BYRON PALMER: I had a physical in-box that was sort of in a briefcase like thing that would move around with me and a notepad, early on, because this was when I still a flip phone. I didn’t have a PDA or anything like that. And I would set up a mobile office. I didn’t have a steady office in any place, so I’d set up a mobile office and I had a briefcase and like a little to-go file folder, it wasn’t that big and I think the two – like I said the two biggest things were I would collect everything and I would process it in a weekly review. And one of the things that I found early on were like, “Oh, well I don’t want to forget to do this. I’m just going to put it in my weekly review.” Like my weekly review started getting seriously onerous.

You know, I’m like, review every project, support material, because I want to be comprehensive. I think early on when I was implementing GTD, being comprehensive was more important than, I want to say, continuity and longevity. I actually developed a weekly review that was so cumbersome that I started – I started getting serious psychic resistance to the weekly review. I started simplifying my weekly review and I started realizing that my ability to create systems and things for myself to do was far in excess of my ability to execute those things. I don’t know if you’ve ever experienced that.

MIKE WILLIAMS: Yeah, oh yeah – oh yes. And that’s one of the brilliant aspects of GTD. You start to see how often you’ve gone to the buffet and how much you’re taking off of it and trying to eat …

BYRON PALMER: Yeah.

MIKE WILLIAMS: … and becoming really conscious to that. So tell me a little bit more. I love where you’re going with the weekly review. How did you renegotiate with yourself to find a way to create the conditions to make it more attractive for you?

BYRON PALMER: At a certain point in my life, I think I had this like personal pep talk, where I said, “Look you can either be comprehensive or you can be simple and effective”, and I decided that simplicity was more important than being comprehensive. It doesn’t mean that I don’t include, you know, everything that I need to include. It just means that I – if it doesn’t absolutely have to happen, if it’s not going to make my business fail, I started shrinking it down and now, and just to talk a little bit about the evolution of my system now, so now everything’s digital for me.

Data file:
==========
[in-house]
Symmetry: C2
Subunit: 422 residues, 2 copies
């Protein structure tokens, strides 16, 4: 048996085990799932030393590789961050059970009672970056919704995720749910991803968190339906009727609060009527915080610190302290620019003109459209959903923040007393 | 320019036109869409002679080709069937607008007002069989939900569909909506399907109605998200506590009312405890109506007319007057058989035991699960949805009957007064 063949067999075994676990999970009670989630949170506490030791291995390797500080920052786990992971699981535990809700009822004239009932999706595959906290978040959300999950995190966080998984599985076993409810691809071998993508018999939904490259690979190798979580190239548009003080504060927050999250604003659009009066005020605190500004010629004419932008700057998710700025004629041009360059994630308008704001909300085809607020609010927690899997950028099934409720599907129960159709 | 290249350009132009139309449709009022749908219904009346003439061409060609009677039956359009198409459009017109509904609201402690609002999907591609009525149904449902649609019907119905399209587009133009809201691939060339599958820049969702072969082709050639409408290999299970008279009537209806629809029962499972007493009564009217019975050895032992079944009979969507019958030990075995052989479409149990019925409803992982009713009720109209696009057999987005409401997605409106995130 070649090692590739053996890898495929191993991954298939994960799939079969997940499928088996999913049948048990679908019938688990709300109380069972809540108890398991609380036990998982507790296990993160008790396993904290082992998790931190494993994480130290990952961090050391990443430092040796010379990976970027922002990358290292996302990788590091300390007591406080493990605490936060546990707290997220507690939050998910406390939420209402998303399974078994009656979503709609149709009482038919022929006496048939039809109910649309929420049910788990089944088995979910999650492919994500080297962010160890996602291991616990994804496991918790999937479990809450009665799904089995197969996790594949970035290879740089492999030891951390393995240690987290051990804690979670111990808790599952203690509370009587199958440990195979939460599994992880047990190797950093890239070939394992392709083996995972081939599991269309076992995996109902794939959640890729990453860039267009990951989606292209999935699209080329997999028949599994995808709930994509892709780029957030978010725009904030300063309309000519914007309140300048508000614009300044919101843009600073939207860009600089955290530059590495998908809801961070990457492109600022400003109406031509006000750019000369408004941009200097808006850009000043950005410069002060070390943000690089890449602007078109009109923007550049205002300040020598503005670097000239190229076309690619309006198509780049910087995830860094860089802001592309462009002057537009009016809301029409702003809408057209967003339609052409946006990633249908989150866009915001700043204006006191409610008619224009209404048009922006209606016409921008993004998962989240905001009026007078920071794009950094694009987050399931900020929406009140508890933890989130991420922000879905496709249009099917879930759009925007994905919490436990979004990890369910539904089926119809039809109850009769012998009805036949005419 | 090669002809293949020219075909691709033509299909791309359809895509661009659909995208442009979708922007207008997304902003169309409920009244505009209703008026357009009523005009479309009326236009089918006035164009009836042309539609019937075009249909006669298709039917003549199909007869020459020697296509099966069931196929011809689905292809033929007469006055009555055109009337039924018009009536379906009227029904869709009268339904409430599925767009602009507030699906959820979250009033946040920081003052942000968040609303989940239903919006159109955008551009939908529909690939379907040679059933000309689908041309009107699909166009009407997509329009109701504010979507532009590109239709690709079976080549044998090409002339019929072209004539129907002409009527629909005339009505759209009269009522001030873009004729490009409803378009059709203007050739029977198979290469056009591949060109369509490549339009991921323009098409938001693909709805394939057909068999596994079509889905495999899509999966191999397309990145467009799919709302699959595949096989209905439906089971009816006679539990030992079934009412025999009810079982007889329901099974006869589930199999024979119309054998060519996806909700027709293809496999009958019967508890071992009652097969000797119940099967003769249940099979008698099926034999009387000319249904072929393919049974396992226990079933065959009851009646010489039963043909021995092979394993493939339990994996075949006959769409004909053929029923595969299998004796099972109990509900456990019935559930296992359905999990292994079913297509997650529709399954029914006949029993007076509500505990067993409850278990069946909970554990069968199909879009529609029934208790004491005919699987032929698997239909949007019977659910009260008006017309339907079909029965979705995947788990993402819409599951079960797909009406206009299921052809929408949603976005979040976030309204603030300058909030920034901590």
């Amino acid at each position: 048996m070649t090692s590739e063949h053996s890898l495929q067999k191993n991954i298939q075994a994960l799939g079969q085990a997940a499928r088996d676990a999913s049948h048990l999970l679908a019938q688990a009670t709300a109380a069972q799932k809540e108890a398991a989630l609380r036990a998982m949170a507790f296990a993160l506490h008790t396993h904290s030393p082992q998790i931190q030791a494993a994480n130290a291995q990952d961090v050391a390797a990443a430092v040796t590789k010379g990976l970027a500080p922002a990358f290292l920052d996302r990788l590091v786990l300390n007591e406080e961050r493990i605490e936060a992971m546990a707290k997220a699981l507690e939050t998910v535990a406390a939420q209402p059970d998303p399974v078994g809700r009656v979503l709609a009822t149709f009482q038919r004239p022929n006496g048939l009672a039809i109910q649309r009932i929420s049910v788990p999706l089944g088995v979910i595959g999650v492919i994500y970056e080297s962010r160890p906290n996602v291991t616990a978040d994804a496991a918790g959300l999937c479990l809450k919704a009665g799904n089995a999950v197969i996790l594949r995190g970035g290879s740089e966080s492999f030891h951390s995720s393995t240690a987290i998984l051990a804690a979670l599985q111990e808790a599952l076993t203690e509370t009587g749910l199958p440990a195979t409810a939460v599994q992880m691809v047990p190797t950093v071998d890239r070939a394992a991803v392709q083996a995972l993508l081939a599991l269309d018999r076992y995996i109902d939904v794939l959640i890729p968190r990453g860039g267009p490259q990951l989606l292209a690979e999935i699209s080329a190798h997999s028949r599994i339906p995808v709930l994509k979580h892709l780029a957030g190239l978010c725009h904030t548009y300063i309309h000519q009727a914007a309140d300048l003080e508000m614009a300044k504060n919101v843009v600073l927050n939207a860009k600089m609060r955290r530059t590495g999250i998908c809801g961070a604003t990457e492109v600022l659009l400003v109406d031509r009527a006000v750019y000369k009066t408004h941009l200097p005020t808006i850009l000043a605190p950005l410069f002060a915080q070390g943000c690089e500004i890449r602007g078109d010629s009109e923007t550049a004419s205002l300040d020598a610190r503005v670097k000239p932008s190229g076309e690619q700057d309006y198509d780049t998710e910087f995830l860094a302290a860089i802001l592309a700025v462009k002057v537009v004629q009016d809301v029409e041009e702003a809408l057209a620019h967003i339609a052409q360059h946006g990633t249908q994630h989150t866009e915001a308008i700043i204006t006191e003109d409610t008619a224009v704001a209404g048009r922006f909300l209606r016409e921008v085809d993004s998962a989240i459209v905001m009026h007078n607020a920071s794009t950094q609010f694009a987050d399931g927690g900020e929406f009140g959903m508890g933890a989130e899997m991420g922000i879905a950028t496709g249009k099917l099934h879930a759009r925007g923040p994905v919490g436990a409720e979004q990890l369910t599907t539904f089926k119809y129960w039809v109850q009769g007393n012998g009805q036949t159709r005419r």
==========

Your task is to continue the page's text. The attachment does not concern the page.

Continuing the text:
I have a lot more stability in my life, so I do have a physical in-box. I do have a dedicated office. Don’t tell David, but I share a desk with my wife and …

MIKE WILLIAMS: It’ll be our secret.

BYRON PALMER: Yeah, just you and me – just you and me and the listeners.

MIKE WILLIAMS: Ha, ha, ha. That’s right.

BYRON PALMER: And I wish I didn’t but I don’t have the ability or I’m not making the time or I decided to not, you know, put another desk in my front room or whatever it is, all the excuses they come. Everything’s digital now in my place. My life’s more stable and uh but the inputs and the open loops are coming at me a lot faster and so what I use now is to collect and process and organize, is a tool called a sana, which is a Cloud based project management system that’s sort of GTD inspired. I collect almost everything digitally either through a sana directly because I can have it on an app on my phone and then I do all my processing on my computer because it’s an easier interface, if I can’t collect it on a sana because app won’t be responsive because it does need data connection, so if I’m out on a ranch and I’m like, “Oh man, I need to remember to replace this water valve.” Or, “I need to remember to bring the minerals for the cattle”, I use another application called Google keep, uh, but I’m not sure if you’re familiar with that, but it’s great and you can add reminders, you can take pictures, you can add audio recordings, whatever, so basically I have three in-boxes now and one is a paper based system and there’s two digital ones that sort of work in tandem today.

David talks so much about having things you like and things the way you like so you don’t have psychic resistance and I can’t just say how important that is enough. If you don’t have notepads you like, and pens you like and file cabinets you like, I feel that in my body, the sort of apprehension to like – take notes, unless I’ve got the 7 mm rollerball you know Bics I like, whatever it is. The gears – a key component and the more I’ve done this, the more I realize – it’s like – just get it – just get it and have enough, have more than you need. It’s like I don’t want to be hunting for the pens I like. I want like Costco pack of tens.

MIKE WILLIAMS: Ha, ha, ha.

BYRON PALMER: You know?